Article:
Friday, 4 February 2011

Tower firm’s licence axed

Photo by: Heng Chivoan
A mobile phone tower in Phnom Penh’s Chamkarmon district partially eclipses the sun in the late evening.

via CAAI

Thursday, 03 February 2011 20:13 Jeremy Mullins and Sen David

All equipment owned by mobile phone tower builder Infra Cellular (Cambodia) Company must be torn down on Kingdom sites in the next week, after the Ministry of Posts and Telecommunications cancelled its licence to operate.
Minister of Posts and Telecommunications So Khun said today the firm had held a licence to build communication towers, capable of being shared between mobile companies, for more than two years, but the firm “did not come to work”.

“Infra Cellular did not do anything wrong, but it did not come to work to develop and take its position,” he said, adding that the lack of action had led the ministry to revoke its permit.

A prakas, or edict, circulated on Wednesday and dated January 26, declared that the company “has to pull down all their materials and related equipment at each location inside Cambodia within 15 days”.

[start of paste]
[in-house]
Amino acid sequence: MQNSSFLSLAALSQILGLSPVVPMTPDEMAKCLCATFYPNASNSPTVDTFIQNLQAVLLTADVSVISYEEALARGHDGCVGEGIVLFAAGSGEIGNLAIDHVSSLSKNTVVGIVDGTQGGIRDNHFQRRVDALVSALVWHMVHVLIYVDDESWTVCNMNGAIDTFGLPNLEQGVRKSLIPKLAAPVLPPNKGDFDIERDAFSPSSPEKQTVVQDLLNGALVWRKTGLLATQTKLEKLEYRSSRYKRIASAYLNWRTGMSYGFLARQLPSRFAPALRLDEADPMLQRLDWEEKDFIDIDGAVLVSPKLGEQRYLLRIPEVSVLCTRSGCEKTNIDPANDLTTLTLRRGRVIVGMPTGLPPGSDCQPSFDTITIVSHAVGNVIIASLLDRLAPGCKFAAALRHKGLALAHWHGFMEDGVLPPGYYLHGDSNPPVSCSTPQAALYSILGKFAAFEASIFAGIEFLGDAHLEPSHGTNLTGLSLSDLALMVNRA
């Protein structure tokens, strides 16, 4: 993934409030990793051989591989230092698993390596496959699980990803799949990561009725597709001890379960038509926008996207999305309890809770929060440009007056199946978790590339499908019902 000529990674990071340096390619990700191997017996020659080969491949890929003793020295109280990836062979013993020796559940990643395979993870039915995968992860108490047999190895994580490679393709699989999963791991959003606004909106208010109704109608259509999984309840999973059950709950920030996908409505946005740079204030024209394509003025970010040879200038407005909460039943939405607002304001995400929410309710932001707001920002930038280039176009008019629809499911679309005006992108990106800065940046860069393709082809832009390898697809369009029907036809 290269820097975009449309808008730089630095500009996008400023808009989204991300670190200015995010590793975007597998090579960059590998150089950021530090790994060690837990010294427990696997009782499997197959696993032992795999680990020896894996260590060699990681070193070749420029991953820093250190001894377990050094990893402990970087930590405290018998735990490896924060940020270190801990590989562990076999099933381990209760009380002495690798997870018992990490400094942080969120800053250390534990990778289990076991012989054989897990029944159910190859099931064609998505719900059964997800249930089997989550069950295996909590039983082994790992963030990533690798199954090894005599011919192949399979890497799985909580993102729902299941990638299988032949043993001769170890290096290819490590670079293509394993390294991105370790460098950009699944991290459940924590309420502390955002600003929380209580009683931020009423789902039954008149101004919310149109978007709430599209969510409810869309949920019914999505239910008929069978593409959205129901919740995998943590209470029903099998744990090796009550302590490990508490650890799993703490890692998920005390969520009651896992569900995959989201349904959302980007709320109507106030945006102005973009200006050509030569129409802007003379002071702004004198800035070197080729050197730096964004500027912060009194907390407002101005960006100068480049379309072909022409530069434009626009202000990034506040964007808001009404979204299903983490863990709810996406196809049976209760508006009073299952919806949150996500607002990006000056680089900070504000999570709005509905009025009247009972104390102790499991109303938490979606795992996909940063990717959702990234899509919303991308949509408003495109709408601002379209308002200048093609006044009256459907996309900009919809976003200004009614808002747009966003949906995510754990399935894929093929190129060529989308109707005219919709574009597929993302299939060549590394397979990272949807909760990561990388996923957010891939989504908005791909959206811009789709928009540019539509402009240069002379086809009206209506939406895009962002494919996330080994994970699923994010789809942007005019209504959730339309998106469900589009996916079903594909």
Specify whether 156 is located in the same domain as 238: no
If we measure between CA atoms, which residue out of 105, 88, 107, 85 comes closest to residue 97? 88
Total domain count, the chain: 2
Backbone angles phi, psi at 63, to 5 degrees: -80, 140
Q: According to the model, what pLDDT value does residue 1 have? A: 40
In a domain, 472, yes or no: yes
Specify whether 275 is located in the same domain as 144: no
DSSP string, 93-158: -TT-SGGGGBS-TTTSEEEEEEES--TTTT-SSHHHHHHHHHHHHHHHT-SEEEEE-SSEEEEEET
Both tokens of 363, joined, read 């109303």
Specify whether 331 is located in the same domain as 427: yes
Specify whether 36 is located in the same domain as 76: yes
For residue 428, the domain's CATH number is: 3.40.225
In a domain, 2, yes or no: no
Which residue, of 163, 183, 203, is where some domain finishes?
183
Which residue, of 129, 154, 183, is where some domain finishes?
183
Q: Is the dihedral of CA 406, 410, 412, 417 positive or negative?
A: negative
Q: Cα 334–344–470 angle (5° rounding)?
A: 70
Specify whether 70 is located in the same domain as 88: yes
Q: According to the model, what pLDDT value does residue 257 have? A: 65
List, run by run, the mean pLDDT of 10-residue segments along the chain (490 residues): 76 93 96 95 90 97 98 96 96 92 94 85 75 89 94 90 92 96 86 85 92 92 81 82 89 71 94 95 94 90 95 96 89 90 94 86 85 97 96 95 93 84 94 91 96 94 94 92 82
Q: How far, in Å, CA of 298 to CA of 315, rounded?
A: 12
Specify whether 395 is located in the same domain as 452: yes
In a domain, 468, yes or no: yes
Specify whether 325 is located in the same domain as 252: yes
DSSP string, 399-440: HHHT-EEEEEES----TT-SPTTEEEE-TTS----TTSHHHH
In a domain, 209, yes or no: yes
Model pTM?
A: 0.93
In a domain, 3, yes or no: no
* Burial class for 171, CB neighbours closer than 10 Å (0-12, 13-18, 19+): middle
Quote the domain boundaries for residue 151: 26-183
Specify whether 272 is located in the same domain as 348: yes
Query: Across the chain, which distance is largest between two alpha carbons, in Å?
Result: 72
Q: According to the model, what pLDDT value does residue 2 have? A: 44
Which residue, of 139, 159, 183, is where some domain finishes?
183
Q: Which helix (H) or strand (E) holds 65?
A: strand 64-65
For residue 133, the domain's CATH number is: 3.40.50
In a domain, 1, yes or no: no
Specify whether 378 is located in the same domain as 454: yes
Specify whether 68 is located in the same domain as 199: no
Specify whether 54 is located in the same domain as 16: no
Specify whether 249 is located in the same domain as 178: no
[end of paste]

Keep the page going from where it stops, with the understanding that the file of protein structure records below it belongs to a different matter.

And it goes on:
It added that all relevant government institutions should comply with the edict from the date of signature.

The firm was first licenced to build and share towers in the Kingdom in February 2007, according to the prakas.

Infra Cellular (Cambodia) Company representatives could not be found to discuss the situation today.

The cancellation of Infra Cellular’s permit is thought to leave the US-majority owned Tower Master Cambodia Company (TMCC) as the only such firm operating domestically.

TMCC’s permit allows it to build communications towers and rent space to service providers in Cambodia.

Once it has built a tower in an area, no other company may build within 15 kilometres of the tower, which would help avoid “unsightly tower farms”, TMCC’s executive vice president Anthony Ortolani previously told The Post.

Minister So Khun has also previously voiced support for the tower sharing initiatives.

Last month, he said that Cambodia had over 60 percent mobile penetration.


No comments: